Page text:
I apologize, that was meant for another question.
If each company had a firewall, you could simply uplink the two firewalls to the same broadband connection, and the only thing that would change is that the external address of one or both firewalls would have to be in the same subnet as the broadband device, and use the broadband gateway address.

What if you did not have any firewalls?

If there is no "data security" issue, or overlap in workstation host names, WINS names (Windows host name), or IP address, then you can just plug everything into a single switch, or uplink the two switches to each other.  Problem is that in such a setup, the PCs used to use the broadband device directly for primary gateway.  With incompatible address ranges, you have a small problem.  The simplest solution would be to have the broadband device support two internal addresses, one for company A, one for B, and nothing changes.  Otherwise, get a router for the company that is "dropping" its old service, and have the router take care of translating traffic.

SolarWinds® Network Configuration Manager (NCM)

SolarWinds® Network Configuration Manager brings structure and peace of mind to configuration management. Bulk config deployment, automatic backups, change detection, vulnerability assessments, and config change templates reduce the time needed for repetitive tasks.

Shouldn't be a problem.  You have two options.

Option 1.  - Two logical networks, one physical.

In this case, your user workstations and server from both companies will plug into the same physical switches and hubs.  Your router then plugs into the same physical device as everyone else.  That connection is the "inside" interface.  The other connection on the router plugs into your T1.  That is the "outside" interface.  You set up two IP addresses on the inside interface ( and for example).  Workstations and servers that use the 192's will have as their default gateway, workstations and servers that use the 100's will have as their default gateway.  Connect your T1 connection to the Internet as normal.

Option 2 - Two logical networks, two physical.

Separate the two networks physically.  That is to say, the people who work in office 1 plug into switch 1, the people who work in office 2 plug into switch 2.  

Your router must have two "inside" interfaces and one "outside".  In your case, that will mean one T1 connection and probably two Ethernet.  Program each inside interface on the router with the appropriate address ( or for example) and plug them into the appropriate switch.  Connect your T1 connection to the Internet as normal.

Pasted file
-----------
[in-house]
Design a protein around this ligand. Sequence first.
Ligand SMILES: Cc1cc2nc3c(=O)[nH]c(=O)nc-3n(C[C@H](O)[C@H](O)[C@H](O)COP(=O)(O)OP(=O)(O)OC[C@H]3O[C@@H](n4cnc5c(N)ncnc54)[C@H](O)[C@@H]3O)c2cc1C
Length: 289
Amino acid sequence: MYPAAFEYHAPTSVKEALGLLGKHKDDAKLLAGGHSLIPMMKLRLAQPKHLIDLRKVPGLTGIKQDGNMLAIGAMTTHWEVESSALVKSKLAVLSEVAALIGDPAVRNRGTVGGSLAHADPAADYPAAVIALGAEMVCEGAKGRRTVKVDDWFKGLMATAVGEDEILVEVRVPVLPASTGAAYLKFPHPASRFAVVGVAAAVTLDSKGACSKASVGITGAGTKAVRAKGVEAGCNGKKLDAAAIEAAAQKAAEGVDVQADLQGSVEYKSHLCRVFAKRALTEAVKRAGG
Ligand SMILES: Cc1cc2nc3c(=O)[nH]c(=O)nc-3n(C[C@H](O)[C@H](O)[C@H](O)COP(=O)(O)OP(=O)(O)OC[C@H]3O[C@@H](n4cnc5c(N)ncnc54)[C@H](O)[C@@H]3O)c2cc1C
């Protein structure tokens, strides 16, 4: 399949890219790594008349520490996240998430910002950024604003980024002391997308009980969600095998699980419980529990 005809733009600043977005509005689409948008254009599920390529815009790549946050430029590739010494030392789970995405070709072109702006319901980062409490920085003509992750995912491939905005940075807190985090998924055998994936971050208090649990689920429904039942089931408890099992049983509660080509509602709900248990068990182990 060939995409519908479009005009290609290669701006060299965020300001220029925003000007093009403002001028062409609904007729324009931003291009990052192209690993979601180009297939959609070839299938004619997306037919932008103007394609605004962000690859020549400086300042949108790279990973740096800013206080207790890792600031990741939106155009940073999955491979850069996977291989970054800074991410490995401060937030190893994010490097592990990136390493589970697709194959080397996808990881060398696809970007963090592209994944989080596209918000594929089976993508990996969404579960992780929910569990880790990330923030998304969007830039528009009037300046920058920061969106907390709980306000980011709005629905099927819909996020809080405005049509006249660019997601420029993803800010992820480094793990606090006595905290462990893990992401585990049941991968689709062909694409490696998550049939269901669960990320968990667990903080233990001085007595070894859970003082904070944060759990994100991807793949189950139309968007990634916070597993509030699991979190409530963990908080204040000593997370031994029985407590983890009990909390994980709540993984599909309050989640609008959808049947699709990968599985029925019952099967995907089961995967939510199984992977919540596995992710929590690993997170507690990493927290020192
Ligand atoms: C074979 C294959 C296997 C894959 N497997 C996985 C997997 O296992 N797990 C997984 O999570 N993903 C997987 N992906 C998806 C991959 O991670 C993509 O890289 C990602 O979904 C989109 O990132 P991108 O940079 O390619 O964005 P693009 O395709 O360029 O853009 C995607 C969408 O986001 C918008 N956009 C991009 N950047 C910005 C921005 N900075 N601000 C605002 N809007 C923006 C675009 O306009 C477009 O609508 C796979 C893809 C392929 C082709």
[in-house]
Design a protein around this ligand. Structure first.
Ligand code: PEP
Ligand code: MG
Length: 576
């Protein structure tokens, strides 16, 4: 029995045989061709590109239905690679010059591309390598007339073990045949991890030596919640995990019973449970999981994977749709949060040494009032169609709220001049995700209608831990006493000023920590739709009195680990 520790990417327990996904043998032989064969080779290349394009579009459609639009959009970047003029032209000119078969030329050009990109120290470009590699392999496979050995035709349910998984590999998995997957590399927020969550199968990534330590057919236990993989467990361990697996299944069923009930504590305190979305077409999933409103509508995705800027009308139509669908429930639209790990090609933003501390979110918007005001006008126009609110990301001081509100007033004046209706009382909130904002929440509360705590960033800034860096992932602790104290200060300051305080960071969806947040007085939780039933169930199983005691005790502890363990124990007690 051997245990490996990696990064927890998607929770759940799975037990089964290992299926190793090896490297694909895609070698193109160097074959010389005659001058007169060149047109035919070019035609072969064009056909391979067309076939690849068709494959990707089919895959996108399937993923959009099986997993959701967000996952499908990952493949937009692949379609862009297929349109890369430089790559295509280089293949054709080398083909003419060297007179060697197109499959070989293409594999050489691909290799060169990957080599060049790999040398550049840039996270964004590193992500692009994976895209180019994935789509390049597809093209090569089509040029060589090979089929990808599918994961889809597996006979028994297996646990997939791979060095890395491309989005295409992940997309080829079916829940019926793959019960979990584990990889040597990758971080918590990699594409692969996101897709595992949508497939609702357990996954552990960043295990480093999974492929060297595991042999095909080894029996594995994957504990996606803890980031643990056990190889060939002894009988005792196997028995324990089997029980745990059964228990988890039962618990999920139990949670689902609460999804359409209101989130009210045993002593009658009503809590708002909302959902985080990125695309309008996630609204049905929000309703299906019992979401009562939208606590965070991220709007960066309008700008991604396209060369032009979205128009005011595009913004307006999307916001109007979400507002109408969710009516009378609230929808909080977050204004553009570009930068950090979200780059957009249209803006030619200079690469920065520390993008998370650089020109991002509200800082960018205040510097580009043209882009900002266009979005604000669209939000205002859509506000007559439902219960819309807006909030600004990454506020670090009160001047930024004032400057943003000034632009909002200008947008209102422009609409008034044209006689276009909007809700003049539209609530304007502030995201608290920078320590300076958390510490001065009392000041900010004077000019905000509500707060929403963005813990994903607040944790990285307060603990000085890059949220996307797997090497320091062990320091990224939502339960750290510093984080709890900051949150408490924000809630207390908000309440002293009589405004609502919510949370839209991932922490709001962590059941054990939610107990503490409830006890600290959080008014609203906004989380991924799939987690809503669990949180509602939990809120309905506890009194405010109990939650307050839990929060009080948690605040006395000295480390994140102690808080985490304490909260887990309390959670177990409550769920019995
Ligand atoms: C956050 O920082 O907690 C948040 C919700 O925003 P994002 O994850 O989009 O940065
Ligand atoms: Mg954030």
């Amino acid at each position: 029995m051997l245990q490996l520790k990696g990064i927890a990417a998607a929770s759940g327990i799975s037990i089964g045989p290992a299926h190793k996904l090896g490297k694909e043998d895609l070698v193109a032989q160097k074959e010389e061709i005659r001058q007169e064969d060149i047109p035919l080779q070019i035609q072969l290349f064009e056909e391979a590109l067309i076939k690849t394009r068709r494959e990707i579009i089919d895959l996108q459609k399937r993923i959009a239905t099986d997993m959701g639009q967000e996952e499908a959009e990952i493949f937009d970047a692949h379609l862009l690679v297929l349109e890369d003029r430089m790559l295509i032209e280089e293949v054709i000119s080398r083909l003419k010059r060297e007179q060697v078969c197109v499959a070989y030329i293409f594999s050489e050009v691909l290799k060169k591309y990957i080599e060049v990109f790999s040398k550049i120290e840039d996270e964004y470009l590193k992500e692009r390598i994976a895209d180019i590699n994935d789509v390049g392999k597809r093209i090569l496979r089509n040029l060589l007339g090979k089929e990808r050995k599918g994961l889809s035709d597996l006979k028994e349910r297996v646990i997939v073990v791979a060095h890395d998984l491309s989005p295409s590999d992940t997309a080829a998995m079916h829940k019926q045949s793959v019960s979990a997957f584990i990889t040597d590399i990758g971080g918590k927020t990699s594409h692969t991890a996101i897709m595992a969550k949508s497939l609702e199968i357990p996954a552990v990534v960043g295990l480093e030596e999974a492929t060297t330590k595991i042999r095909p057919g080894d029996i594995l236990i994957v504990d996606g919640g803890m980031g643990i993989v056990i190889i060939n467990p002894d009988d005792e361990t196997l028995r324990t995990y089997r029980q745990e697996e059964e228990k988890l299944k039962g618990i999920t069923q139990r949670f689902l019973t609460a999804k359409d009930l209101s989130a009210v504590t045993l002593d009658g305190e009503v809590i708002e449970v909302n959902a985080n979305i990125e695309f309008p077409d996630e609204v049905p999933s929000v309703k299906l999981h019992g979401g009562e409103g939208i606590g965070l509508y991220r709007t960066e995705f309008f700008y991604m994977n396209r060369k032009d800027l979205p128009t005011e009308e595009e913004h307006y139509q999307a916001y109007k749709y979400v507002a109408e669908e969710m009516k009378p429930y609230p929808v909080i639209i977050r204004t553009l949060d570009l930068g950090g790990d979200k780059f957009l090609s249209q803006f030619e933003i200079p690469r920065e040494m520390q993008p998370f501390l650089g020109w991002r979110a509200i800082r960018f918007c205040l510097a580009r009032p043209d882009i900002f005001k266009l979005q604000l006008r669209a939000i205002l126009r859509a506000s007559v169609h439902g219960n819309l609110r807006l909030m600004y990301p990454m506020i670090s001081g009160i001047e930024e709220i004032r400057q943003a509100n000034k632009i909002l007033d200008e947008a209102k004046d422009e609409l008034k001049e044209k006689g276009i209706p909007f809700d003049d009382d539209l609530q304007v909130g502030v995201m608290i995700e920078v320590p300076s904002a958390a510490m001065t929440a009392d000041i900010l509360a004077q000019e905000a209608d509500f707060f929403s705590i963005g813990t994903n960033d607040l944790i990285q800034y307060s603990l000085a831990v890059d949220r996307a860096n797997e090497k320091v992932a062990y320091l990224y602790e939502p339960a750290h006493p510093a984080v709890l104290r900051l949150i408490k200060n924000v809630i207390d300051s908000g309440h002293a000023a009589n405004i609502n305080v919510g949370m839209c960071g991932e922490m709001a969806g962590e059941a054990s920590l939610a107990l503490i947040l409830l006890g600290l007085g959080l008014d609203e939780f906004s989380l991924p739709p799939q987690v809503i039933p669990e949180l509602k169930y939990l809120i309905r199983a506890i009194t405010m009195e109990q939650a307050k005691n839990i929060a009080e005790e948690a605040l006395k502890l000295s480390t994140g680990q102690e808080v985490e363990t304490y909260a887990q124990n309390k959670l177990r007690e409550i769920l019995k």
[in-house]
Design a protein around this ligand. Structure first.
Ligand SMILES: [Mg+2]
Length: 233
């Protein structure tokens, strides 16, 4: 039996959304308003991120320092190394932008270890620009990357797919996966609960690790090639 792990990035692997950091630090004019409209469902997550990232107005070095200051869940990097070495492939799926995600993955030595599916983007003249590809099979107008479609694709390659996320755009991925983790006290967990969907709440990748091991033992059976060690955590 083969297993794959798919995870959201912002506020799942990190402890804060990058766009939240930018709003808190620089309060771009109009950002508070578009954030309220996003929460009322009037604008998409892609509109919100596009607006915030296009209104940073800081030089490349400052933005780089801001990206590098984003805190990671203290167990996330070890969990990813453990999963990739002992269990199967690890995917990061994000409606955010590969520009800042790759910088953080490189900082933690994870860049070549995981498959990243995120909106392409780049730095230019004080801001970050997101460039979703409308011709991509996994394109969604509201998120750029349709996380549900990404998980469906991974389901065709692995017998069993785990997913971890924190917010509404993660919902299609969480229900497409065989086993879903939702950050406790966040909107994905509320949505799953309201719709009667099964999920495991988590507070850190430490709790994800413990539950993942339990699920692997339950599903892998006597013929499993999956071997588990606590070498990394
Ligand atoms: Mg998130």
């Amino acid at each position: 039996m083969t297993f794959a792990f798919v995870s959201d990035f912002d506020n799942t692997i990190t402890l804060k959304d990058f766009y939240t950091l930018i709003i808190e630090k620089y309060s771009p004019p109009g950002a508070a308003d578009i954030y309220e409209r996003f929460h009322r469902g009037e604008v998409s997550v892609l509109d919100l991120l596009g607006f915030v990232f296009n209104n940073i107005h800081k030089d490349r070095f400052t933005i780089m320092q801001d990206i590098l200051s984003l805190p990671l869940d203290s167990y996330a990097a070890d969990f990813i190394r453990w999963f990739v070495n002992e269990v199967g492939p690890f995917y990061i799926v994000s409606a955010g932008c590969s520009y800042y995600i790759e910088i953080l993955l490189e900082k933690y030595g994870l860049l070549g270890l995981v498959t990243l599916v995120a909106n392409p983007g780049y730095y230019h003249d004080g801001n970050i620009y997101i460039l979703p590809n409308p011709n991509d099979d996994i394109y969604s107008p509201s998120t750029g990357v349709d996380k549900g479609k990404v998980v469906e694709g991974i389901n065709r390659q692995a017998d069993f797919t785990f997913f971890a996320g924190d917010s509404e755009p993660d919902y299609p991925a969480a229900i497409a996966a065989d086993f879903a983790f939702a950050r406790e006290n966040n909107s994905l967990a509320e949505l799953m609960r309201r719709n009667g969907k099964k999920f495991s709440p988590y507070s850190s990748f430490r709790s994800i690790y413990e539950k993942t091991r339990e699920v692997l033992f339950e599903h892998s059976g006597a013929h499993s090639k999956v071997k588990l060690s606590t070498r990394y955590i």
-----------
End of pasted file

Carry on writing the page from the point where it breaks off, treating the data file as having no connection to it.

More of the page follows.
Your best option here is Option 2.  Option 1 gets very messy, especially if you are running DHCP.  It's worth noting that you don't have to have two physical switches, you can separate them using VLAN's if you are comfortable with that.

In both cases you will have to decide if you want to route traffic between the two networks.  In all liklihood, you probably don't want to.  (Unless you want one company able to see what the other one is doing.)  So, make sure your router is set up to either allow or block traffic between the two.

Either way you only need one router, you just may need two "inside" ports on it!

Good luck!

Experts Exchange Solution brought to you by

Your issues matter to us.

Facing a tech roadblock? Get the help and guidance you need from experienced professionals who care. Ask your question anytime, anywhere, with no hassle.

Start your 7-day free trial
jtwestmoAuthor Commented:
So Robing66066 I would need to do away or not use the two routers I have now and get a new one that allows two "inside" interfaces and one "outside"?  

One question could I buy another router like the two I have now and and us that on to connect to the internet and have the other two connect to that router or is that getting two complicated?
That depends on what type of ports and capabilities the routers you have now possess.  If both the routers have two ethernet interfaces on them, you could arrange it like this:

Internet <-->Router1<-->Switch1<-->Router2<-->Switch 2

Your addresses would work as such:

Router 1:

Outside: ISP Provided IP Address
Default Gateway:

Router 2:

Default Gateway:

Now, that would mean that all your Internet traffic from the 100.100.10.x network would have to go through switch 1, but it would work.  Also, if you have any services (web server, email server, etc...) that you would like to make accessable to Internet users on the 100.100.10.x network, it would be a major pain.  Setting up NAT would on Router 1 (if you are using it) might require some extra work too.

The *easiest* solution is to simply buy a router with two inside ethernet ports and one outside port, but it isn't required, your config just gets more complex if you don't.  

What kind of ports do you have on the two existing routers?
Whoops.  Sorry.  

Router 1 should read:

Outside: ISP Provided IP Address
Default Gateway: ISP Provided gateway

jtwestmoAuthor Commented:
I have to netgear 311 routers
but you have answered my question just fine.  I see what I need to do to get it working.  Thank you very much for your help.  I think I am just going to get a router with 2 internal interfaces, that would be easy to do and set up.

Glad to hear it!  Good luck!
It's more than this solution.Get answers and train to solve all your tech problems - anytime, anywhere.Try it for free Edge Out The Competitionfor your dream job with proven skills and certifications.Get started today Stand Outas the employee with proven skills.Start learning today for free Move Your Career Forwardwith certification training in the latest technologies.Start your trial today

From novice to tech pro — start learning today.